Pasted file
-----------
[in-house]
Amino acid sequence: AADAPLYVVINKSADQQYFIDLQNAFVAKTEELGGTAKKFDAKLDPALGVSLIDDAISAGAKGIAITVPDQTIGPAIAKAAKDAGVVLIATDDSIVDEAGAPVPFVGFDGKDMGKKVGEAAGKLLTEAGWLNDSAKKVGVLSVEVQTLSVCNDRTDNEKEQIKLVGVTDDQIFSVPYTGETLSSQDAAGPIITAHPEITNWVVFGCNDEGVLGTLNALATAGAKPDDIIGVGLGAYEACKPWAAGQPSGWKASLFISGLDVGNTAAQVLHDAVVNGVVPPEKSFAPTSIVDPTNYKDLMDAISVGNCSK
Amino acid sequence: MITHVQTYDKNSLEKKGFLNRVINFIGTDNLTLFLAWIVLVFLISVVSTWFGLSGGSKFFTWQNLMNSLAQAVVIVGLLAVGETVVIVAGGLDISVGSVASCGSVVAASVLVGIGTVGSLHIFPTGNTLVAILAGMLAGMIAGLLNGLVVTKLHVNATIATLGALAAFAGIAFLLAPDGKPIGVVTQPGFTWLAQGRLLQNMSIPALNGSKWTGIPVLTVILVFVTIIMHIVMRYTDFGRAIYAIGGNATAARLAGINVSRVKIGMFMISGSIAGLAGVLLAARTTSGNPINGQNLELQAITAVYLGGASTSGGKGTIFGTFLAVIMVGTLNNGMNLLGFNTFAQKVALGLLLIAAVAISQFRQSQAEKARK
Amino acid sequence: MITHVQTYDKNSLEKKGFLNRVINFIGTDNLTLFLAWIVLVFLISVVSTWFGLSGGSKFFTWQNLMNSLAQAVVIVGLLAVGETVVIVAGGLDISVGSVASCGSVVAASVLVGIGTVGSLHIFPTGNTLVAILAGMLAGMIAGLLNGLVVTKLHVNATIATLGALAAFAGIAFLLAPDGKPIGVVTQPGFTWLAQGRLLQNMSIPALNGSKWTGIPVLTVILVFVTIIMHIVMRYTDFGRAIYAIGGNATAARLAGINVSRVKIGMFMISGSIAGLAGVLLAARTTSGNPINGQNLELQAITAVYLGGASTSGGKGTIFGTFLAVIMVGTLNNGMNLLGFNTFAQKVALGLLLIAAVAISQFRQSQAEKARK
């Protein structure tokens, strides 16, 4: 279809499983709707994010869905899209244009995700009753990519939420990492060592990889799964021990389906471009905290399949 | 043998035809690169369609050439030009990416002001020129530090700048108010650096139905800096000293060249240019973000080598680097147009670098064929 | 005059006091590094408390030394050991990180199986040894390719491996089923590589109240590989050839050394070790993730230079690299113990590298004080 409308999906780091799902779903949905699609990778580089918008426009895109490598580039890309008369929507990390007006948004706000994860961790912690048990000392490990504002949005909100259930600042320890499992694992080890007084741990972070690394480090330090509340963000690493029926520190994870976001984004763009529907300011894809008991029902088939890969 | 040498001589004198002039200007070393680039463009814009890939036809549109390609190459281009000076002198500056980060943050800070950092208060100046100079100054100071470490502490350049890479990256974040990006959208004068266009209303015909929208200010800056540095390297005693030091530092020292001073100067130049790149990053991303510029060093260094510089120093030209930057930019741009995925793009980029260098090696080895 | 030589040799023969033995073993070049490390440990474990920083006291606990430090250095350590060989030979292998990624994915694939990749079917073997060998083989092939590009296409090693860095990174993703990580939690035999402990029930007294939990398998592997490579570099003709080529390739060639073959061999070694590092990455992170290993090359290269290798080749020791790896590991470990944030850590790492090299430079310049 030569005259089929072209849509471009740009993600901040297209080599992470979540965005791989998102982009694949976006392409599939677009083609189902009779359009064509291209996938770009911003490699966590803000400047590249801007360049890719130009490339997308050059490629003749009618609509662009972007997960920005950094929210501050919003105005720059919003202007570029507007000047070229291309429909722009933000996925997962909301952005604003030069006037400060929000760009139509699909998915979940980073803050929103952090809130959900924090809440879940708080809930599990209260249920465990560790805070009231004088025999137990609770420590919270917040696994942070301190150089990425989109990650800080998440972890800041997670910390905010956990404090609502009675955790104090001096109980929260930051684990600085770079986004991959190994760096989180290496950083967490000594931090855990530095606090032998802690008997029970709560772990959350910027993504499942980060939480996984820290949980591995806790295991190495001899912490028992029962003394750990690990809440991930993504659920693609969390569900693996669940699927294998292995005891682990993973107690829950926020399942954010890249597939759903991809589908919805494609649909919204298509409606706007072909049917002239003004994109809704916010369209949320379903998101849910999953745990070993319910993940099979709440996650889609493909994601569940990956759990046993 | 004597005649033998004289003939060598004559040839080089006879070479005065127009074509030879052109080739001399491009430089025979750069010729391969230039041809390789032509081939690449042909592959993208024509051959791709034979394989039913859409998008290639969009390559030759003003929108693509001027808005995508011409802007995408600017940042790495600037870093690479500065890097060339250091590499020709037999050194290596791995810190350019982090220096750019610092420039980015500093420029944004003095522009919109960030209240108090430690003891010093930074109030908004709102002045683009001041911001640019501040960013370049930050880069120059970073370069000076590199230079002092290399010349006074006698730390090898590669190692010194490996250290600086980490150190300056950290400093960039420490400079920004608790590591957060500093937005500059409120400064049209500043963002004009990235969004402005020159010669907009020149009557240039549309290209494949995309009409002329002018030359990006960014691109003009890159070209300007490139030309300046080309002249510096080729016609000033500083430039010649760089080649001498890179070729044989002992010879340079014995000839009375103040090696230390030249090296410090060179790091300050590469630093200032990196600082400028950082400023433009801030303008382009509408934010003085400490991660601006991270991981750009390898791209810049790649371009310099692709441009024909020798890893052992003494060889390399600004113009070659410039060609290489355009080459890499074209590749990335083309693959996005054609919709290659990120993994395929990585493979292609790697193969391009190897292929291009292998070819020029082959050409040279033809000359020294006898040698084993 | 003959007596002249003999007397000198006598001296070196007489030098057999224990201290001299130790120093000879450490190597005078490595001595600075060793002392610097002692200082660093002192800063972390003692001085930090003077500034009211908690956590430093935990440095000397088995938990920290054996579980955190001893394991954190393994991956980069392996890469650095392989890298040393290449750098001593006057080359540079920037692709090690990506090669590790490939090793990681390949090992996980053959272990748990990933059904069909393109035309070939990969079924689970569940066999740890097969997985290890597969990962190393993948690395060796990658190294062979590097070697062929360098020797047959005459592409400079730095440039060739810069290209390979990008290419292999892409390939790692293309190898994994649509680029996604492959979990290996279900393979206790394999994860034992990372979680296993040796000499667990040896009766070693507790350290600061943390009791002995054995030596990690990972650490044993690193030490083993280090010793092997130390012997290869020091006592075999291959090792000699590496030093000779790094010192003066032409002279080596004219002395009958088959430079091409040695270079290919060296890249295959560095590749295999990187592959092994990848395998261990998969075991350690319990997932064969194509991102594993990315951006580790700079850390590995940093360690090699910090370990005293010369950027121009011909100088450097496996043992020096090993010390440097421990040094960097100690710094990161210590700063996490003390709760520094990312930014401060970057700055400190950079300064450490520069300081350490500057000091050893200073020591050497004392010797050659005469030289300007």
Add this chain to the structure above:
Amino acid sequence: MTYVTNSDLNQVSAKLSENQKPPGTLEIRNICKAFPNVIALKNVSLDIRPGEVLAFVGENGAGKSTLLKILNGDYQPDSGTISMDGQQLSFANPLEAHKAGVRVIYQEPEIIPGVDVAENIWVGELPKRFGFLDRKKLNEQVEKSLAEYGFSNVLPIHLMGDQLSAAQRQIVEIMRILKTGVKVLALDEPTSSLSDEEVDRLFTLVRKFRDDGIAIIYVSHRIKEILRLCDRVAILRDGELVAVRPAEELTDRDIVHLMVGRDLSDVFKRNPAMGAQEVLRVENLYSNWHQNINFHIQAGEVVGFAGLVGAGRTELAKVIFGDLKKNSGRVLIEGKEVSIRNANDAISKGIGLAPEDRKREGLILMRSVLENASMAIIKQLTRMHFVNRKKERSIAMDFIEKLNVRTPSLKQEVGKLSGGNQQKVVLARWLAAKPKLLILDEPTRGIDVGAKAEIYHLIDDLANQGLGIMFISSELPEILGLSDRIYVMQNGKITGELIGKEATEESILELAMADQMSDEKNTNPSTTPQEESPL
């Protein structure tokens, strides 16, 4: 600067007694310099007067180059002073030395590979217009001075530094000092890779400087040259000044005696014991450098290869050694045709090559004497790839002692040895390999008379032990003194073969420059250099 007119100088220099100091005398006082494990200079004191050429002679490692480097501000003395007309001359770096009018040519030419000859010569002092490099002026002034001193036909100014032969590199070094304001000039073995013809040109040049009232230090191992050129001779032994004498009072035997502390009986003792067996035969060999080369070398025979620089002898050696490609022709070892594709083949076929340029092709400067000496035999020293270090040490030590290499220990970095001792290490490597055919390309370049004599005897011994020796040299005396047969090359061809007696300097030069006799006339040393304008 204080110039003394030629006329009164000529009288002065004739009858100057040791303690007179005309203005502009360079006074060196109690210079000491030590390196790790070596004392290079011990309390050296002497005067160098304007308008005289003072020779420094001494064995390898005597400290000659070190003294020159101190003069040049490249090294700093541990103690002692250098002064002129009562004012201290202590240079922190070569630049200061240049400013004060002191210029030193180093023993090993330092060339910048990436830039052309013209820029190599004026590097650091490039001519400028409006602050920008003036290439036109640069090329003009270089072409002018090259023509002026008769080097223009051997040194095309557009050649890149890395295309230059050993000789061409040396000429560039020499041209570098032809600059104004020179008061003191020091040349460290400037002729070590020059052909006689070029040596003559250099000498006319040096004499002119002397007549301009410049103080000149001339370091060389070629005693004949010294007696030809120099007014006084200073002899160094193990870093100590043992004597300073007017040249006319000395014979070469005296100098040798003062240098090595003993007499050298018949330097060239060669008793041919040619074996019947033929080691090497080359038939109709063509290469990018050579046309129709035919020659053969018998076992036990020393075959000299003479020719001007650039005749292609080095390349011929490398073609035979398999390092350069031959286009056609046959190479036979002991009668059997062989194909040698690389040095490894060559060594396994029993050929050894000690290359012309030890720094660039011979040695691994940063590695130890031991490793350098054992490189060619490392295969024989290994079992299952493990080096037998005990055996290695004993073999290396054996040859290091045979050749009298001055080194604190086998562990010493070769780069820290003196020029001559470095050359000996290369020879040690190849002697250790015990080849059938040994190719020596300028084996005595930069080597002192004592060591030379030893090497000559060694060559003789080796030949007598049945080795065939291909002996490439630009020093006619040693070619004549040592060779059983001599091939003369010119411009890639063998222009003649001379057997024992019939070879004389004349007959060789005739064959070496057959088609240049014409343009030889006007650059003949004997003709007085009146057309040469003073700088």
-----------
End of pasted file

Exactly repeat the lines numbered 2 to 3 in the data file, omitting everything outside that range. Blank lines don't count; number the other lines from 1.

Amino acid sequence: AADAPLYVVINKSADQQYFIDLQNAFVAKTEELGGTAKKFDAKLDPALGVSLIDDAISAGAKGIAITVPDQTIGPAIAKAAKDAGVVLIATDDSIVDEAGAPVPFVGFDGKDMGKKVGEAAGKLLTEAGWLNDSAKKVGVLSVEVQTLSVCNDRTDNEKEQIKLVGVTDDQIFSVPYTGETLSSQDAAGPIITAHPEITNWVVFGCNDEGVLGTLNALATAGAKPDDIIGVGLGAYEACKPWAAGQPSGWKASLFISGLDVGNTAAQVLHDAVVNGVVPPEKSFAPTSIVDPTNYKDLMDAISVGNCSK
Amino acid sequence: MITHVQTYDKNSLEKKGFLNRVINFIGTDNLTLFLAWIVLVFLISVVSTWFGLSGGSKFFTWQNLMNSLAQAVVIVGLLAVGETVVIVAGGLDISVGSVASCGSVVAASVLVGIGTVGSLHIFPTGNTLVAILAGMLAGMIAGLLNGLVVTKLHVNATIATLGALAAFAGIAFLLAPDGKPIGVVTQPGFTWLAQGRLLQNMSIPALNGSKWTGIPVLTVILVFVTIIMHIVMRYTDFGRAIYAIGGNATAARLAGINVSRVKIGMFMISGSIAGLAGVLLAARTTSGNPINGQNLELQAITAVYLGGASTSGGKGTIFGTFLAVIMVGTLNNGMNLLGFNTFAQKVALGLLLIAAVAISQFRQSQAEKARK